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- Obama ‘cavalier’ in hiding foreign aid order, judge rules
- Prince Charles: Muslims are driving Christians from Mideast through persecution
- Gitmo’s first commander: Close the prison down
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- Detroit’s Heidelberg art project hit by 8 fires in 8 months
- Pa. police pull people over for random DNA tests for feds
- NASA pushing hard to get back into space game
- Harvard student to face federal charges for bomb hoax
Question of the Day
Framework to manage major spending cuts
The Pentagon is unveiling a strategy designed to manage hundreds of billions in budget cuts without sapping the military's strength.
The strategy is expected to serve as a framework for shifting the military's focus from fighting post-9/11 wars in the greater Middle East to preserving America's dominant position in Asia amid a Chinese military buildup.
In a presidential election year, the strategy also provides the White House a rhetorical tool to defend its Pentagon budget-cutting choices.
The strategy is to be outlined at a news conference Thursday by Defense Secretary Leon E. Panetta and the Joint Chiefs chairman, Army Gen. Martin Dempsey.
It is not expected to mark a radical change in defense priorities. It may set the stage, however, for cutbacks in Europe and big weapons programs.
Geithner planning China, Japan trips
Treasury Secretary Timothy F. Geithner will travel to Beijing and Tokyo next week for discussions about the global economy and Iran sanctions.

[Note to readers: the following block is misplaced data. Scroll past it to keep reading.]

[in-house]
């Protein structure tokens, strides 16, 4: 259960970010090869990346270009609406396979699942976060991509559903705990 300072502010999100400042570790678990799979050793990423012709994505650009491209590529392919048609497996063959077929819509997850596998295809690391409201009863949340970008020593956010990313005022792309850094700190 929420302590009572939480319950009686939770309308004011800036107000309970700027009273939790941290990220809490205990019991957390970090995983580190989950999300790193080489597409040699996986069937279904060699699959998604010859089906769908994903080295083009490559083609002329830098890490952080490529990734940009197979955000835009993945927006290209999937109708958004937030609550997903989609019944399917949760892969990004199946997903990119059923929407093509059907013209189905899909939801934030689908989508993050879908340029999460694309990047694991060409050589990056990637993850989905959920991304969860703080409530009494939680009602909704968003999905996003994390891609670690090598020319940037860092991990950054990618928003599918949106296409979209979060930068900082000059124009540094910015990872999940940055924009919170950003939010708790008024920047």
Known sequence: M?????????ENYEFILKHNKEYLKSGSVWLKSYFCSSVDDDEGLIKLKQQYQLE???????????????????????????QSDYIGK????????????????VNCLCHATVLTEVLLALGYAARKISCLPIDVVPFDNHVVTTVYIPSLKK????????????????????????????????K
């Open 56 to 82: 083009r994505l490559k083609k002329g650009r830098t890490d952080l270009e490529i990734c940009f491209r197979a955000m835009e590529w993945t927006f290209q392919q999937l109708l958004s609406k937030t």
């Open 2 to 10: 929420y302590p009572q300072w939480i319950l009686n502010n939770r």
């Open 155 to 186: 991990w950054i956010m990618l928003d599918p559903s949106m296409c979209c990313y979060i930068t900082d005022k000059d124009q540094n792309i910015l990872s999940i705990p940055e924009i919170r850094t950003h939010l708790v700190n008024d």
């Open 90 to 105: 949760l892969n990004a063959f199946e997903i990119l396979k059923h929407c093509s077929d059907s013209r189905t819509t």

The trip follows the Obama administration decision not to name China a currency manipulator. That upset U.S. manufacturing groups, which contend China is undervaluing its currency for trade advantages.
The Treasury Department said Mr. Geithner will meet on Jan. 10-11 with Chinese Prime Minister Wen Jiabao, Vice President Xi Jinping and Chinese Vice Premier Wang Qishan.
On Jan. 12, Mr. Geithner will meet in Tokyo with Japan Prime Minister Yoshihiko Noda and Finance Minister Jun Azumi.
Treasury said Mr. Geithner will discuss sanctions on Iran with both nations' leaders. Last week, President Obama enacted new penalties on Iran's central bank aimed at hampering Tehran's ability to fund nuclear enrichment.
Santorum on defense after strong caucus finish
MANCHESTER — Facing fresh scrutiny after he nearly defeated Mitt Romney in Iowa's lead-off caucuses, Republican presidential contender Rick Santorum on Wednesday defended votes and statements that are earning him a second look for the wrong reasons.
Mr. Santorum, a former senator and House member, finished eight votes behind Mr. Romney in Iowa's contest and arrived here to questions about his support for home-state spending projects known as earmarks and for a recent comment about black people that has been criticized as being racially insensitive. He also sought to explain previous statements that likened same-sex relationships to bestiality.
"My Catholic faith teaches that it's actions that are the problems, not necessarily someone's feelings," Mr. Santorum. "One can have desires to do things that we believe are wrong, but it's when you act out on things, that's the problem."
PBS chief asks viewers to support TV funds
PASADENA, Calif. — The head of PBS wants viewers to oppose Mitt Romney's call to end funding of public broadcasting.
PBS chief Paula Kerger said Wednesday that she recognizes the United States has to make tough budget decisions, but defended PBS as an effective public-private partnership.
Ms. Kerger says that while she can make the argument, elected officials listen to their constituents.